The star, known as TRAPPIST-1, is a small, dim celestial body in the constellation Aquarius, research published on Wednesday said.
It is located about 40 light years away from Earth. Researchers said the proximity of the system, combined with the proportionally large size of its planets compared to the small star, make it a good target for follow-up studies. They hope to scan the planets’ atmospheres for possible chemical fingerprints of life.
“I think that we’ve made a crucial step towards finding if there is life out there,” University of Cambridge astronomer Amaury Triaud told reporters on a conference call on Tuesday.
The discovery, published in this week’s issue of the journal Nature, builds on previous research showing three planets circling TRAPPIST-1. They are among more than 3500 planets discovered beyond the solar system, or exoplanets.
Researchers have focused on finding Earth-sized rocky planets with the right temperatures so that water, if any exists, would be liquid, a condition believed to be necessary for life.
The diameter of TRAPPIST-1 is about 8 per cent of the sun’s size. That makes its Earth-sized planets appear large as they parade past.
From the vantage point of telescopes on Earth, the planets’ motions regularly block out bits of the star’s light. Scientists determined the system’s architecture by studying these dips.
“The data is really clear and unambiguous,” Triaud wrote in an email to Reuters.
Because TRAPPIST-1 is so small and cool, its so-called “habitable zone” is very close to the star. Three planets are properly positioned for liquid water, said lead researcher Michael Gillon, with the University of Liege in Belgium.
Even if the planets do not have life now, it could evolve. TRAPPIST-1 is at least 500 million years old, but has an estimated lifespan of 10 trillion years. The sun, by comparison, is about halfway through its estimated 10-billion-year life.
In a few billion years, when the sun has run out of fuel and the solar system has ceased to exist, TRAPPIST-1 will still be an infant star, astronomer Ignas Snellen, with the Netherlands’ Leiden Observatory, wrote in a related essay in Nature.
What we know about the dwarf star and its planets
- Trappist-1 is an ultra-cool dwarf star that is 39 light years away in the constellation Aquarius (about 44 million years away at the average cruising speed of a passenger jet).
- It was discovered using TRAPPIST (Transiting Planets and Planetesimals Small Telescope) in Chile.
- Trappist-1 is barely the size of Jupiter and about 500 million years old but has an estimated lifespan of 10 trillion years, compared with the sun, which is about halfway through its 10 billion-year life.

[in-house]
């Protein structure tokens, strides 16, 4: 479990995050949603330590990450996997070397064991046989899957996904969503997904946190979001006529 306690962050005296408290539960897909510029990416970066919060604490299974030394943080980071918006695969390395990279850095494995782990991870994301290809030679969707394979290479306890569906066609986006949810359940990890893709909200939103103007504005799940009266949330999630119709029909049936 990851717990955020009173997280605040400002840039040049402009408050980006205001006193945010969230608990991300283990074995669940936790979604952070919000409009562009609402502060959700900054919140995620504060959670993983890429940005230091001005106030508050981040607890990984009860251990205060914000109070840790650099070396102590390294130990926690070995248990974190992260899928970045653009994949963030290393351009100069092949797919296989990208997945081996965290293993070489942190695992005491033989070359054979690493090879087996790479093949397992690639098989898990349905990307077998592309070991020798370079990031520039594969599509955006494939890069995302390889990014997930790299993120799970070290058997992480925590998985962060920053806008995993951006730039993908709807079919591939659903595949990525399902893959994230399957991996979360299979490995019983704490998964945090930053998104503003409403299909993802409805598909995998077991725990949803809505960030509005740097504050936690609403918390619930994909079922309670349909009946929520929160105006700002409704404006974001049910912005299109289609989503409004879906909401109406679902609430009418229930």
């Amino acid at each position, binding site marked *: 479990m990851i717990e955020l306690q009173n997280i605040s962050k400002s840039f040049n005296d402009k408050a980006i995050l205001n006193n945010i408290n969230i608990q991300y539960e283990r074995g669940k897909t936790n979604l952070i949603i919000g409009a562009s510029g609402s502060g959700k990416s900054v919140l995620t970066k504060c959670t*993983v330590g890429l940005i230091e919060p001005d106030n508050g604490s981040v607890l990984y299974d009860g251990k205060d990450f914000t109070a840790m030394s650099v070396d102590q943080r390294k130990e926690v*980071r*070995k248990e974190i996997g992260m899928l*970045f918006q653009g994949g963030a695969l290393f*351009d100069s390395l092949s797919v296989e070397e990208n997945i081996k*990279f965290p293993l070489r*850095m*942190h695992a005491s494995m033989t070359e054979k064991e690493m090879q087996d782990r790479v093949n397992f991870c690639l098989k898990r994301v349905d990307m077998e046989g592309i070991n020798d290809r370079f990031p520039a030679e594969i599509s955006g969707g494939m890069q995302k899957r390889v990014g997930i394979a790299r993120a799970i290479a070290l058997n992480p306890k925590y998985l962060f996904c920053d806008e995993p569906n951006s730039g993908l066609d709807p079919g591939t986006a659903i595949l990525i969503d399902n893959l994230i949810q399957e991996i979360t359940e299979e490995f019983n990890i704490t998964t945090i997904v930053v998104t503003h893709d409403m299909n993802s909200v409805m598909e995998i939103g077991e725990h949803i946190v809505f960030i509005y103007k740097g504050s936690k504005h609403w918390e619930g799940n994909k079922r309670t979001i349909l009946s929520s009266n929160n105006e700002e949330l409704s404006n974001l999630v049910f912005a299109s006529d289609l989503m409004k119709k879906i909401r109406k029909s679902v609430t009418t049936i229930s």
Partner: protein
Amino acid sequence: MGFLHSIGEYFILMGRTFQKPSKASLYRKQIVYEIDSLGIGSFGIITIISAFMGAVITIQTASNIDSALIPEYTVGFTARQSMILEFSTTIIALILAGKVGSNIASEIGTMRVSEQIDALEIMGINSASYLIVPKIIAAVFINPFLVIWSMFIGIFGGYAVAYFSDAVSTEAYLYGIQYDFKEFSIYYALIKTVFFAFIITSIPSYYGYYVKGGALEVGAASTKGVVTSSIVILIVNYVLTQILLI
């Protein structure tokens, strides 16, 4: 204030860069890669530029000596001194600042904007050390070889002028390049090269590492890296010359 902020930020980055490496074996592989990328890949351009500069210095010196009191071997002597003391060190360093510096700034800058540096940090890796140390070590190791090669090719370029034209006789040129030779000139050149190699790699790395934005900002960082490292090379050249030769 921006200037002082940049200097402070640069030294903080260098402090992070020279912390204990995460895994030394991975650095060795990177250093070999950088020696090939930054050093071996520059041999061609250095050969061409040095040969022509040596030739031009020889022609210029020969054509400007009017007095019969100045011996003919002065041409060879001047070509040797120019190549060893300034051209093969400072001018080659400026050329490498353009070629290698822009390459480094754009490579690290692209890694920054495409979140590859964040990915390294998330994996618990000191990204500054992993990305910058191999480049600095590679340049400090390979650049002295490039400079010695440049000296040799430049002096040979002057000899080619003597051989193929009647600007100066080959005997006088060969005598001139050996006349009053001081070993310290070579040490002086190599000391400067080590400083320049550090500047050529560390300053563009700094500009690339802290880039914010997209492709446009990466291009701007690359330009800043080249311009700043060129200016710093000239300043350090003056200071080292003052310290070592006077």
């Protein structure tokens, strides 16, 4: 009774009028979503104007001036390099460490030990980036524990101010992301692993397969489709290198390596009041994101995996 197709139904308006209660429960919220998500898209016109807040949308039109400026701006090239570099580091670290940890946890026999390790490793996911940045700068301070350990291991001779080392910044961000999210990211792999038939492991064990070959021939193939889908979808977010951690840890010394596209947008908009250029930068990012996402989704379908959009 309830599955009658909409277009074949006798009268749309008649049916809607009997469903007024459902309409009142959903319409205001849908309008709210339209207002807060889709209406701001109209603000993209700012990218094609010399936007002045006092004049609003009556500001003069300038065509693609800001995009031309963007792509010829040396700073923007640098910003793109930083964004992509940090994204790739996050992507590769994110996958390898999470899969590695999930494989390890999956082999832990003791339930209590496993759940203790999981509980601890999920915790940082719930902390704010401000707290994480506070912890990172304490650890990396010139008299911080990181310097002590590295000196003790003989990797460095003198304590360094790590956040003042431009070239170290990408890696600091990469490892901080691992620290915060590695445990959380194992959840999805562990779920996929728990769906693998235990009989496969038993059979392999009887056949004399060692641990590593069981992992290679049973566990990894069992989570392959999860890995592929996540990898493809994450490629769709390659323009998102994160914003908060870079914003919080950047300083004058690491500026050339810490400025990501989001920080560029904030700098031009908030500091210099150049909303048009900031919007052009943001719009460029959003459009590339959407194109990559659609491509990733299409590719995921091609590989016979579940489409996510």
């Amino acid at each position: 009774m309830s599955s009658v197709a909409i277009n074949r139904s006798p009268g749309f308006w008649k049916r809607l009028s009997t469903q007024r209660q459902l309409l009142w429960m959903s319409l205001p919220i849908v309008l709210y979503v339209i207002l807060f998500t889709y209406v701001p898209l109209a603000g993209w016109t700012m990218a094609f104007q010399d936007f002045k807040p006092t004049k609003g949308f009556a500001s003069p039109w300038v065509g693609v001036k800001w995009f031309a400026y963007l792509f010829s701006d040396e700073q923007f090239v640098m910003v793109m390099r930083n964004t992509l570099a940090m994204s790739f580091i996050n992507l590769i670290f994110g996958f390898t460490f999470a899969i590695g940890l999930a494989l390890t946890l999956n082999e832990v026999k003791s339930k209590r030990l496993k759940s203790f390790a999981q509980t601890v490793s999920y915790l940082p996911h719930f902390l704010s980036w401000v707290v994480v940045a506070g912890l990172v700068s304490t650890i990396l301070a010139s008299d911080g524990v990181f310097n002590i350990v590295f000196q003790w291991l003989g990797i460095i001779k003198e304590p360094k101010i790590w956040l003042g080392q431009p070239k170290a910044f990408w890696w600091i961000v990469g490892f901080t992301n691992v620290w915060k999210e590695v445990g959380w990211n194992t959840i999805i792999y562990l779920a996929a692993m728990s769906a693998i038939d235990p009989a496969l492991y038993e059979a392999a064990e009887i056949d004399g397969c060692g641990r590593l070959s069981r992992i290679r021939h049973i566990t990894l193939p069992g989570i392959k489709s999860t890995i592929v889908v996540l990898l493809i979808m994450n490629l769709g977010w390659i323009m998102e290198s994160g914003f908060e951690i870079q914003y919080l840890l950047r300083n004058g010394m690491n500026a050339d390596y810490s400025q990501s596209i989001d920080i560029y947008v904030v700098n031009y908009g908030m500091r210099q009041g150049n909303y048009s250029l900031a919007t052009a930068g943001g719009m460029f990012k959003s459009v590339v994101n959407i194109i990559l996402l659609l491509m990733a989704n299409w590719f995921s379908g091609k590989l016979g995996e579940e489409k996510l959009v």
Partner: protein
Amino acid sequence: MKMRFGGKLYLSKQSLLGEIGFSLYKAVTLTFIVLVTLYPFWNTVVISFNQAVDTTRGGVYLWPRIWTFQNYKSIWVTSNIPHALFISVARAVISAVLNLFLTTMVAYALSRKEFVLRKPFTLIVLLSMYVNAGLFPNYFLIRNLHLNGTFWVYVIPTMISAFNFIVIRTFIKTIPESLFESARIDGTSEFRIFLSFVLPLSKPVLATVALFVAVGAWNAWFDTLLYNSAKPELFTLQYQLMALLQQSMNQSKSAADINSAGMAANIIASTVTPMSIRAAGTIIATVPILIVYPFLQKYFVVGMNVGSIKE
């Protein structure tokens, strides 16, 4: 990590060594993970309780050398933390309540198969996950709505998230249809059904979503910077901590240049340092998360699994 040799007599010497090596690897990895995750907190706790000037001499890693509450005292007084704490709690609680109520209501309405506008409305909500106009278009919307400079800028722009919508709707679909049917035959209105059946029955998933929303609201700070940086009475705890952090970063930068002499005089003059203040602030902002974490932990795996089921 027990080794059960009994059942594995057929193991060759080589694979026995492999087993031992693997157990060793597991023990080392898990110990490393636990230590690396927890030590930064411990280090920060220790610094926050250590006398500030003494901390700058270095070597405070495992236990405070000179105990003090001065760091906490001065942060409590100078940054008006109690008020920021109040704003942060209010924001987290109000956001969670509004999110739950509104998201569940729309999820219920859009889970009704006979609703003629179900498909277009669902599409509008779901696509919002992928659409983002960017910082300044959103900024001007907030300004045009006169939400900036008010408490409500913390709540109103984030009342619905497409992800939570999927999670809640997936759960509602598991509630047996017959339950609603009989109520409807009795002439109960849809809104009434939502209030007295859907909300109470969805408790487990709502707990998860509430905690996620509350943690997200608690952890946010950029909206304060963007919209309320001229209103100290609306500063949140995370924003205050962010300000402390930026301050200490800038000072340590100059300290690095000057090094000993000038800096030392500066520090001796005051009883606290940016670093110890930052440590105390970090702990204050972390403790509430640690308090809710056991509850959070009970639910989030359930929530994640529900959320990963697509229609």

- Researchers believe it is about 200 times dimmer than the sun and glows red or salmon-coloured.
- Seven Earth-size planets have been discovered orbiting Trappist-1, named Trappist-1b to h.
- They were detected using NASA’s Spitzer Space Telescope as well as TRAPPIST and other ground-based telescopes.
- All seven are closer to their host star than Mercury is to the sun. The furthest is only about 8.98 million kilometres from Trappist-1.
- The planets’ orbits are very close. If people were standing on one planet’s surface, they “could potentially see geological features or clouds of neighbouring worlds, which would sometimes appear larger than the moon in Earth’s sky”, NASA says.
- The planets are similar in size to Earth and Venus or slightly smaller.
- The most massive planet, Trappist-1c, is 1.38 times the mass of Earth, while the least massive, d, is only 0.41 (the mass of h is unknown).
- A year on the innermost planet lasts only about 1.5 days, while the furthest orbits about once every 20 days.
- Based on their densities, the planets are likely to be rocky.
- The six inner planets are in a zone where temperatures range from 0C to 100C, while scientists believe the seventh, 1h, could be an ice world.
- At least three of the inner planets are thought to be capable of hosting liquid water, and possibly life.
- The innermost three are likely too hot but 1e,f and g are in the star’s habitable zone.
We value local independent journalism. We hope you do too.
InDaily provides valuable, local independent journalism in South Australia. As a news organisation it offers an alternative to The Advertiser, a different voice and a closer look at what is happening in our city and state for free. Any contribution to help fund our work is appreciated. Please click below to become an InDaily supporter.